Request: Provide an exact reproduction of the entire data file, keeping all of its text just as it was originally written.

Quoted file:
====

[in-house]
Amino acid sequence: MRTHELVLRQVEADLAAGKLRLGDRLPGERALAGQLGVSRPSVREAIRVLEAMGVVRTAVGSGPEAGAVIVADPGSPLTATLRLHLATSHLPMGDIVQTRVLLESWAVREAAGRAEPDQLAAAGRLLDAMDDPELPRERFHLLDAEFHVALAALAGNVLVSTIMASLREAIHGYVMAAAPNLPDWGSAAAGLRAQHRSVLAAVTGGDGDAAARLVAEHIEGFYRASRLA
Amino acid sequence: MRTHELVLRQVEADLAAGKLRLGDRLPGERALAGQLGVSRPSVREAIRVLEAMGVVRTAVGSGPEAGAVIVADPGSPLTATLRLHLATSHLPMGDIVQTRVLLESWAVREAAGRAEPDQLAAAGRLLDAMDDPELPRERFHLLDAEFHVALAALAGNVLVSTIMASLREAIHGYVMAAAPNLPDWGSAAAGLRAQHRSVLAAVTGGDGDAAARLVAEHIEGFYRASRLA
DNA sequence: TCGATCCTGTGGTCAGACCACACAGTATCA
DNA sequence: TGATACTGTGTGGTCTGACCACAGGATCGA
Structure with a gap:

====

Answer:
[in-house]
Amino acid sequence: MRTHELVLRQVEADLAAGKLRLGDRLPGERALAGQLGVSRPSVREAIRVLEAMGVVRTAVGSGPEAGAVIVADPGSPLTATLRLHLATSHLPMGDIVQTRVLLESWAVREAAGRAEPDQLAAAGRLLDAMDDPELPRERFHLLDAEFHVALAALAGNVLVSTIMASLREAIHGYVMAAAPNLPDWGSAAAGLRAQHRSVLAAVTGGDGDAAARLVAEHIEGFYRASRLA
Amino acid sequence: MRTHELVLRQVEADLAAGKLRLGDRLPGERALAGQLGVSRPSVREAIRVLEAMGVVRTAVGSGPEAGAVIVADPGSPLTATLRLHLATSHLPMGDIVQTRVLLESWAVREAAGRAEPDQLAAAGRLLDAMDDPELPRERFHLLDAEFHVALAALAGNVLVSTIMASLREAIHGYVMAAAPNLPDWGSAAAGLRAQHRSVLAAVTGGDGDAAARLVAEHIEGFYRASRLA
DNA sequence: TCGATCCTGTGGTCAGACCACACAGTATCA
DNA sequence: TGATACTGTGTGGTCTGACCACAGGATCGA
Structure with a gap: